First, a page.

The forces nudging BCM concerns upward include globalization, the increasing frequency and impact of natural and man-made disasters, and the growing complexity of the compliance environment.

The rest of this article is only available to active members of Questia

Sign up now for a free, 1-day trial and receive full access to:

  • Questia's entire collection
  • Automatic bibliography creation
  • More helpful research tools like notes, citations, and highlights
  • Ad-free environment

Already a member? Log in now.

Notes for this article

Add a new note
If you are trying to select text to create highlights or citations, remember that you must now click or tap on the first word, and then click or tap on the last word.
One moment ...
Project items

Items saved from this article

This article has been saved
Highlights (0)
Some of your highlights are legacy items.

Highlights saved before July 30, 2012 will not be displayed on their respective source pages.

You can easily re-create the highlights by opening the book page or article, selecting the text, and clicking “Highlight.”

Citations (0)
Some of your citations are legacy items.

Any citation created before July 30, 2012 will labeled as a “Cited page.” New citations will be saved as cited passages, pages or articles.

We also added the ability to view new citations from your projects or the book or article where you created them.

Notes (0)
Bookmarks (0)

You have no saved items from this article

Project items include:
  • Saved book/article
  • Highlights
  • Quotes/citations
  • Notes
  • Bookmarks
Cite this article

Cited article

Citations are available only to our active members.
Sign up now to cite pages or passages in MLA, APA and Chicago citation styles.

(Einhorn, 1992, p. 25)

(Einhorn 25)


1. Lois J. Einhorn, Abraham Lincoln, the Orator: Penetrating the Lincoln Legend (Westport, CT: Greenwood Press, 1992), 25,

Cited article

The Case for Business Continuity Management


Text size Smaller Larger
Search within

Search within this article

Look up

Look up a word

  • Dictionary
  • Thesaurus
Please submit a word or phrase above.
Print this page

Print this page

Why can't I print more than one page at a time?

While we understand printed pages are helpful to our users, this limitation is necessary to help protect our publishers' copyrighted material and prevent its unlawful distribution. We are sorry for any inconvenience.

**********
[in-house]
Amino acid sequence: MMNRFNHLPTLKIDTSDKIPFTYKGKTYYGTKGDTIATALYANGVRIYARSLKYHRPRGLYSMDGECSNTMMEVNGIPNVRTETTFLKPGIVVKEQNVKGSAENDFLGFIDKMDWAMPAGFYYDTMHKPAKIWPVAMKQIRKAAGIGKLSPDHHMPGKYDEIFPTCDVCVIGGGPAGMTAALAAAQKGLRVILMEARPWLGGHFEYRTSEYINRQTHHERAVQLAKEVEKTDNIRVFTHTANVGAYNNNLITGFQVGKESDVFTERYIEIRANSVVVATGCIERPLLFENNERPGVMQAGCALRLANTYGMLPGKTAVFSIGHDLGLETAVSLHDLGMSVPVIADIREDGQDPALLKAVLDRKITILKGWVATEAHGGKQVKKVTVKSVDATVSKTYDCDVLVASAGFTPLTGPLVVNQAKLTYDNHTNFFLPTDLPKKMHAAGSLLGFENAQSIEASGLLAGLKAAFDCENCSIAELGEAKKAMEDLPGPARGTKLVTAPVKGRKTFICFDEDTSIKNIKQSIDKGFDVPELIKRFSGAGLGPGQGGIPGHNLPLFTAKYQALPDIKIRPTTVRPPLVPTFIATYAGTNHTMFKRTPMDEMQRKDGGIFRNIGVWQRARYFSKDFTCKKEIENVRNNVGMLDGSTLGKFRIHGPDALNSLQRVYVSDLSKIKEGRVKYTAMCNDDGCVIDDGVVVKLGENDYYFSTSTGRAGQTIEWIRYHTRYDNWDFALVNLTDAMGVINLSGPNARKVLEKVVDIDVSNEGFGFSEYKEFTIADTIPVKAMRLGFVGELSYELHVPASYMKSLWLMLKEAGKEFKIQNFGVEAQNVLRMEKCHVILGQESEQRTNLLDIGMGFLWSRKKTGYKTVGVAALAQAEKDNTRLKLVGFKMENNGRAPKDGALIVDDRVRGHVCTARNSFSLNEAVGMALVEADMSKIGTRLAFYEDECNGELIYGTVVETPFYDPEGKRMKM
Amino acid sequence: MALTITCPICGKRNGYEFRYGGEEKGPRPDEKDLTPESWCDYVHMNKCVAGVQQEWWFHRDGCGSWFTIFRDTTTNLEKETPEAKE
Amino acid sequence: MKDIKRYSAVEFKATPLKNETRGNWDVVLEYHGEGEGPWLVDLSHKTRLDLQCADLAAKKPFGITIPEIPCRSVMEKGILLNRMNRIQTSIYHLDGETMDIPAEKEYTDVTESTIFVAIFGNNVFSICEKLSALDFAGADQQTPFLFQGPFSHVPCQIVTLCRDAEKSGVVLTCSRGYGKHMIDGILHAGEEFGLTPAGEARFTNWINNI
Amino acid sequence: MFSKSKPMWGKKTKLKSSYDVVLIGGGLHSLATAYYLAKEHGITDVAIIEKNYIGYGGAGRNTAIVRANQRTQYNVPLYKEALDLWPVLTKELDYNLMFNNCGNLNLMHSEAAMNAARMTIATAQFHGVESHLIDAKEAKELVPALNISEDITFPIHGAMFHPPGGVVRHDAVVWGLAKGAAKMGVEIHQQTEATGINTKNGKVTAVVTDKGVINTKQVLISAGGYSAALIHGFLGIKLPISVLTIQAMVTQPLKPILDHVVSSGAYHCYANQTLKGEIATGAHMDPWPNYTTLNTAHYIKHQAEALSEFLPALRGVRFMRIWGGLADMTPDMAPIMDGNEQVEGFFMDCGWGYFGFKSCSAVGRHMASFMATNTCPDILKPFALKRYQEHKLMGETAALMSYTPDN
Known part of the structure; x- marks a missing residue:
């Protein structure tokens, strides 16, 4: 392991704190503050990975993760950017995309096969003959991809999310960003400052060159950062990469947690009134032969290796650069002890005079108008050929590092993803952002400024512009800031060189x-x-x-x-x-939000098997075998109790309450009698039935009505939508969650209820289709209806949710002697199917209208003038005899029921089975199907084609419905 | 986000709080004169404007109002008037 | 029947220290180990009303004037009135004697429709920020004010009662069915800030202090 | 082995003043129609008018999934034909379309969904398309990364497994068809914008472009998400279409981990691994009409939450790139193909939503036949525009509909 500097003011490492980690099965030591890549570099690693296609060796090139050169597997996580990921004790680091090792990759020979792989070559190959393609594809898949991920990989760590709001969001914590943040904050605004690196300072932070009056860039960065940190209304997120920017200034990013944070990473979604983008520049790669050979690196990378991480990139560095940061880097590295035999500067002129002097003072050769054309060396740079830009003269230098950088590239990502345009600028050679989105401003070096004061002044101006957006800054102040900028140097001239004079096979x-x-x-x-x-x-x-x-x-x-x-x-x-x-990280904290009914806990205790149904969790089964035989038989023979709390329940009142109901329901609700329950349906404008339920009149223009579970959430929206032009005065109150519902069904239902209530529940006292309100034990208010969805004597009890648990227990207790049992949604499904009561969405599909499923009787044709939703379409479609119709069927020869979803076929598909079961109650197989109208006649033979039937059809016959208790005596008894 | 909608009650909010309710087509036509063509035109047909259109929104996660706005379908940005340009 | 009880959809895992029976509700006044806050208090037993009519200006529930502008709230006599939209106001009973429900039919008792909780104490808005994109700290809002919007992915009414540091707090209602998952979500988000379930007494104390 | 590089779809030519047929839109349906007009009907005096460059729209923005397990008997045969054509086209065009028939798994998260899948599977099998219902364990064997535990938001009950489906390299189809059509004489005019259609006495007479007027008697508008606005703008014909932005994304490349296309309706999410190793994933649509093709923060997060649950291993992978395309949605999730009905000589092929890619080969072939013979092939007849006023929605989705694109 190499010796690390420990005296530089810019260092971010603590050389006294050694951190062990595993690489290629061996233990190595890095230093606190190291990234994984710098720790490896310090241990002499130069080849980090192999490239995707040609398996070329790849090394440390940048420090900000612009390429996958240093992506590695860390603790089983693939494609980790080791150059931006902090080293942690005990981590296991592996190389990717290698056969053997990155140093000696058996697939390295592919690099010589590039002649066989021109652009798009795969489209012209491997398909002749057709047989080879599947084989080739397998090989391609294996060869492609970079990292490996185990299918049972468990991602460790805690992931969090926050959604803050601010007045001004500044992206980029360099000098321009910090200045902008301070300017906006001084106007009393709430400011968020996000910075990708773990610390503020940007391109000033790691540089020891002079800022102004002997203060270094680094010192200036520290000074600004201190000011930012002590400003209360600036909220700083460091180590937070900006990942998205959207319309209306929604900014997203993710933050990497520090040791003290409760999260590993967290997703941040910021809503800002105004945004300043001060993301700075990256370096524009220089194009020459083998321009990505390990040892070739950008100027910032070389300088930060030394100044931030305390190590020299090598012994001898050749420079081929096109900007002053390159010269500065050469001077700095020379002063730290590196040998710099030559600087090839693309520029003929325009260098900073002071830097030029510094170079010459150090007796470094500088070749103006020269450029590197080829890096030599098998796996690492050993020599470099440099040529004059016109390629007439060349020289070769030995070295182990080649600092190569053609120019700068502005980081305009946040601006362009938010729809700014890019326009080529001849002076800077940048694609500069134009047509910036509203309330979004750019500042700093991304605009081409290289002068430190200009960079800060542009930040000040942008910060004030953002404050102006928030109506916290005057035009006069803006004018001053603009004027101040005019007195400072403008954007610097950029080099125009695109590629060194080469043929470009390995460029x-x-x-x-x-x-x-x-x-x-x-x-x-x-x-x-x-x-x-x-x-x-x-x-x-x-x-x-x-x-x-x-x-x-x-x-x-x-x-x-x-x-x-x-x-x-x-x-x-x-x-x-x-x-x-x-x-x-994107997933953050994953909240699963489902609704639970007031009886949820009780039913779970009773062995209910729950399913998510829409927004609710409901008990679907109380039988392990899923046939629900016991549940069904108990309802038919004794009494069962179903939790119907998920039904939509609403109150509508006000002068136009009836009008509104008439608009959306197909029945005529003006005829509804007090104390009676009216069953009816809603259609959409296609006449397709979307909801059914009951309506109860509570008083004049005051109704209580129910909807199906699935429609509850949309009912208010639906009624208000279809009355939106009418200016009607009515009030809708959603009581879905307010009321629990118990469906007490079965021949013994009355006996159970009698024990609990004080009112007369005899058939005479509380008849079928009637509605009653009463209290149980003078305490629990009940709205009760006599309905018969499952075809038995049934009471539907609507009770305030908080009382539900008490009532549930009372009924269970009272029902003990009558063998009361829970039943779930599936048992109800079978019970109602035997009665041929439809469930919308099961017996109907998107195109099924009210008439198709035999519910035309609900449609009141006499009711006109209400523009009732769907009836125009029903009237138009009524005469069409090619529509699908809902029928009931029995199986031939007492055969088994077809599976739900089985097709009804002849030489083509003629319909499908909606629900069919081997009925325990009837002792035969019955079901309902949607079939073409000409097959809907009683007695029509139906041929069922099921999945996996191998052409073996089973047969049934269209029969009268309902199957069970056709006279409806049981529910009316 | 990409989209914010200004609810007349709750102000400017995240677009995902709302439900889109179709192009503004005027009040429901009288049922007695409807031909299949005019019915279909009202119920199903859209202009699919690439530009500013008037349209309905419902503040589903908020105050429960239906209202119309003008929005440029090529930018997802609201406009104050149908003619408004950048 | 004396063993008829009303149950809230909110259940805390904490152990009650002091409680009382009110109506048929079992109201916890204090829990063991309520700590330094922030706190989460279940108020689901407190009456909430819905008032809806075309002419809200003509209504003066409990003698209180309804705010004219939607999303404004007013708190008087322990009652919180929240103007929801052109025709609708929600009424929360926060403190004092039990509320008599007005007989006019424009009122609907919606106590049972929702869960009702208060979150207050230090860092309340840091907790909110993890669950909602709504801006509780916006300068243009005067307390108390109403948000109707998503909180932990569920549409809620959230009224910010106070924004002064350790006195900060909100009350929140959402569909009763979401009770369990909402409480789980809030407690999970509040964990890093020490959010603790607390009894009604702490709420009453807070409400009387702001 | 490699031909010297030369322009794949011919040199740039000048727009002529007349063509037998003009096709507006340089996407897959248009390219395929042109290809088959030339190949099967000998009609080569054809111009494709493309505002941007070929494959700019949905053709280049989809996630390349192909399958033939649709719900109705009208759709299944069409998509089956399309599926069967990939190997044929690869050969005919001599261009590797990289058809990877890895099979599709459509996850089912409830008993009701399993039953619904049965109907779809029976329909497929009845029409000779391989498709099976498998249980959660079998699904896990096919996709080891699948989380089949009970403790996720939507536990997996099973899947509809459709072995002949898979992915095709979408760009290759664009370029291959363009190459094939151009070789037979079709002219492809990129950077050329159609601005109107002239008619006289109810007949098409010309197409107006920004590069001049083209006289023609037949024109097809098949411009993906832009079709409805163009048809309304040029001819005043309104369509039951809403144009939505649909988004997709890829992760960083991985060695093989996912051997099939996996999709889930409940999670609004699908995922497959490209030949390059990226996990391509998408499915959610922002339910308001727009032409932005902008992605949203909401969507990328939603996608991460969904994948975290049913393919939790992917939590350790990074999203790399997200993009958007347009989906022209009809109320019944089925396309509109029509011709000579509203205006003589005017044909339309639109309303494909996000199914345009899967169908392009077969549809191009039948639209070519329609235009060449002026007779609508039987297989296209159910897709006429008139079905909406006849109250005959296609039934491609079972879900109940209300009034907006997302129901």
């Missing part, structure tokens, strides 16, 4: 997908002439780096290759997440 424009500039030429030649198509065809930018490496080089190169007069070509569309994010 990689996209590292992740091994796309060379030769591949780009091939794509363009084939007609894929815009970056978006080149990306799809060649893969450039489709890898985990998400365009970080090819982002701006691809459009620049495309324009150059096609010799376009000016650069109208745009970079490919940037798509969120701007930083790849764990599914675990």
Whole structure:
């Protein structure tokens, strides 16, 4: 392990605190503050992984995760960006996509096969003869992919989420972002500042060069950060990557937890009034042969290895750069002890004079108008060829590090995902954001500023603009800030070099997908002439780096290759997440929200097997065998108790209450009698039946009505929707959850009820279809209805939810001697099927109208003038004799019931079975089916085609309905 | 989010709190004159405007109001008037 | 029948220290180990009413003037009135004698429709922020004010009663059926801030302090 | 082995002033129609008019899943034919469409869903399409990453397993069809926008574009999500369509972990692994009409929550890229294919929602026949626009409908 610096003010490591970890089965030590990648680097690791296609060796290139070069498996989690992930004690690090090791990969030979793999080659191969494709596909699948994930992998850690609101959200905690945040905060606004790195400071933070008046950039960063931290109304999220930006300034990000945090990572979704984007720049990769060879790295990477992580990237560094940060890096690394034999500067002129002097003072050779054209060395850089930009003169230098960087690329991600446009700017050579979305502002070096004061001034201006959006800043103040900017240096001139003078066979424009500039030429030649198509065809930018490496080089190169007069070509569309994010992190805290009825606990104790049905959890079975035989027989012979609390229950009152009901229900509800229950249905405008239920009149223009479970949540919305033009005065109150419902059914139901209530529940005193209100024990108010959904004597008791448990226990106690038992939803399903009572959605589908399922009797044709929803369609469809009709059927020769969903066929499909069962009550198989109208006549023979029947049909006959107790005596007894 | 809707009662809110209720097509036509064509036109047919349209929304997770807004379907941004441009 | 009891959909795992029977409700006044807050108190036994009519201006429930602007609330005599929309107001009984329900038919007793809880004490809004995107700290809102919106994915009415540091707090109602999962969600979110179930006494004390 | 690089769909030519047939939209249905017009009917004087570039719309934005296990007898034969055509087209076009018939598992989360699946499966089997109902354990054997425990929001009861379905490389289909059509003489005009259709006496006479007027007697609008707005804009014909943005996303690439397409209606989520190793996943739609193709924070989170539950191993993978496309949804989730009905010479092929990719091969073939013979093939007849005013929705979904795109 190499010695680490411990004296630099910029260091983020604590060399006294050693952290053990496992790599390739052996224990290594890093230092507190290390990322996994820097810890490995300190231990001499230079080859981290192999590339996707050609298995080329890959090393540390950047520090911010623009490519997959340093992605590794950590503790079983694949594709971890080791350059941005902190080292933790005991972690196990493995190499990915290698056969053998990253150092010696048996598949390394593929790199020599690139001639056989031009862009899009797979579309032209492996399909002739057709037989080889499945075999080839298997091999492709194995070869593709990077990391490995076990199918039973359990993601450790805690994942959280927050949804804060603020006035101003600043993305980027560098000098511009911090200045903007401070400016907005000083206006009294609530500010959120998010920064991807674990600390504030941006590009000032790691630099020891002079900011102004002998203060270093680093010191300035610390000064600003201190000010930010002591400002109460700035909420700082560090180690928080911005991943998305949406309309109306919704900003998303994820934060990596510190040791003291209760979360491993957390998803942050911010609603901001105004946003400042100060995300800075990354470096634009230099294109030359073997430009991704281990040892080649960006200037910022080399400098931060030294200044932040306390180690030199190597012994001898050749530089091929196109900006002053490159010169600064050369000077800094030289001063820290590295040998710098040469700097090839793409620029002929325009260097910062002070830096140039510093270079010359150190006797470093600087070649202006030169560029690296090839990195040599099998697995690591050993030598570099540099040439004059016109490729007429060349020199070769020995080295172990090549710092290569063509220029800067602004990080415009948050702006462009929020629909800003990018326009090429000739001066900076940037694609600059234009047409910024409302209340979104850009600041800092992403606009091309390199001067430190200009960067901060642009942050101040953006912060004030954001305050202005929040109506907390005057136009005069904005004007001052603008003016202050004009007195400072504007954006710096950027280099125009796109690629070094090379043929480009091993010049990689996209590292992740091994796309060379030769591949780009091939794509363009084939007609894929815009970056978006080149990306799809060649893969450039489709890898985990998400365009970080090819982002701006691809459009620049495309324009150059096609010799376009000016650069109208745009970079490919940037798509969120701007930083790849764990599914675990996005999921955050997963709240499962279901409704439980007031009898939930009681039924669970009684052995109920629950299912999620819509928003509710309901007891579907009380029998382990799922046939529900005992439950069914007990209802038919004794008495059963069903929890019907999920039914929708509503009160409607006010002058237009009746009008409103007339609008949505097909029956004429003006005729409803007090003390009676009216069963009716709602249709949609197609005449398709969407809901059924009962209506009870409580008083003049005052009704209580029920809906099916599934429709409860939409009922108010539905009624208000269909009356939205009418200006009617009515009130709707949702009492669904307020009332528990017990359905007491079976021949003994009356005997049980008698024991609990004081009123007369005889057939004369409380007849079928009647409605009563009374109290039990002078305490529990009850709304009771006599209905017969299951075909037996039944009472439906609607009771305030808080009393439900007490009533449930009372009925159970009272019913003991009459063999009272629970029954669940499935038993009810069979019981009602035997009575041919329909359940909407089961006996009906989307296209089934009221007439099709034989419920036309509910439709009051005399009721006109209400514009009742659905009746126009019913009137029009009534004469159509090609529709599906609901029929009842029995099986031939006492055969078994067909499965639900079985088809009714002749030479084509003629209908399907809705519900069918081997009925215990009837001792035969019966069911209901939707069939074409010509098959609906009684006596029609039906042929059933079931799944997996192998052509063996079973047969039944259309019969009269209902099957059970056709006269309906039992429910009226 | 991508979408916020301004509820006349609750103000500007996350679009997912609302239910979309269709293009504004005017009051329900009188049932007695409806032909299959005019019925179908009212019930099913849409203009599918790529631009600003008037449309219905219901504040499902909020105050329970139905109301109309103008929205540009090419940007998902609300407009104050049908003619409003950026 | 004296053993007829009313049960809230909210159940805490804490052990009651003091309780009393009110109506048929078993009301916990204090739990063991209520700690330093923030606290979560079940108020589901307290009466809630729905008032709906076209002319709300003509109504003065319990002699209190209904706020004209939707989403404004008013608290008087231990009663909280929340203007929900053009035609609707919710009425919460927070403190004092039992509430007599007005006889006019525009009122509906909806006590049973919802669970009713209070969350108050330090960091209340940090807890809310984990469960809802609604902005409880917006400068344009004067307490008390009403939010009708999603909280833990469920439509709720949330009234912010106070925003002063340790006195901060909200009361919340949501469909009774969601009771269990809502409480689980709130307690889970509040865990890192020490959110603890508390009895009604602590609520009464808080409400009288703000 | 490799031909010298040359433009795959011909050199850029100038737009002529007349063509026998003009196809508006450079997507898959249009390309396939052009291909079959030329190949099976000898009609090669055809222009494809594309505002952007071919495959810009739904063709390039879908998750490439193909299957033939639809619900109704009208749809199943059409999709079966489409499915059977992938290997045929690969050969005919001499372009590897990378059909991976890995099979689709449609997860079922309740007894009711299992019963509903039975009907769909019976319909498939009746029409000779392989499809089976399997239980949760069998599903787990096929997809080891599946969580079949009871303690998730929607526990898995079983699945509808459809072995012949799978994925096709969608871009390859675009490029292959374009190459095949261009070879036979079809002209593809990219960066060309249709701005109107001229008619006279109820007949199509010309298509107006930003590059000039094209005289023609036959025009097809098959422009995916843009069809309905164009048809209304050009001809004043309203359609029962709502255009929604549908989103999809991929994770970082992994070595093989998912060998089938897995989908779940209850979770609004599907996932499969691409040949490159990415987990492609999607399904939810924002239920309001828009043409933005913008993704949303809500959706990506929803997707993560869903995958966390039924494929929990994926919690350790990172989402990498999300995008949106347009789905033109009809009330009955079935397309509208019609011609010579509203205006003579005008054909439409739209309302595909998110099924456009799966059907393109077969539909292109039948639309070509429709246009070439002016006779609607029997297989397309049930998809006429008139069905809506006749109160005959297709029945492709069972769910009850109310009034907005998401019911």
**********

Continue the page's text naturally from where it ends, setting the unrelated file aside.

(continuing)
Full screen

matching results for page

Cited passage

Citations are available only to our active members.
Sign up now to cite pages or passages in MLA, APA and Chicago citation styles.

"Portraying himself as an honest, ordinary person helped Lincoln identify with his audiences." (Einhorn, 1992, p. 25).

"Portraying himself as an honest, ordinary person helped Lincoln identify with his audiences." (Einhorn 25)

"Portraying himself as an honest, ordinary person helped Lincoln identify with his audiences."1

1. Lois J. Einhorn, Abraham Lincoln, the Orator: Penetrating the Lincoln Legend (Westport, CT: Greenwood Press, 1992), 25,

Cited passage

Welcome to the new Questia Reader

The Questia Reader has been updated to provide you with an even better online reading experience.  It is now 100% Responsive, which means you can read our books and articles on any sized device you wish.  All of your favorite tools like notes, highlights, and citations are still here, but the way you select text has been updated to be easier to use, especially on touchscreen devices.  Here's how:

1. Click or tap the first word you want to select.
2. Click or tap the last word you want to select.

OK, got it!

Thanks for trying Questia!

Please continue trying out our research tools, but please note, full functionality is available only to our active members.

Your work will be lost once you leave this Web page.

For full access in an ad-free environment, sign up now for a FREE, 1-day trial.

Already a member? Log in now.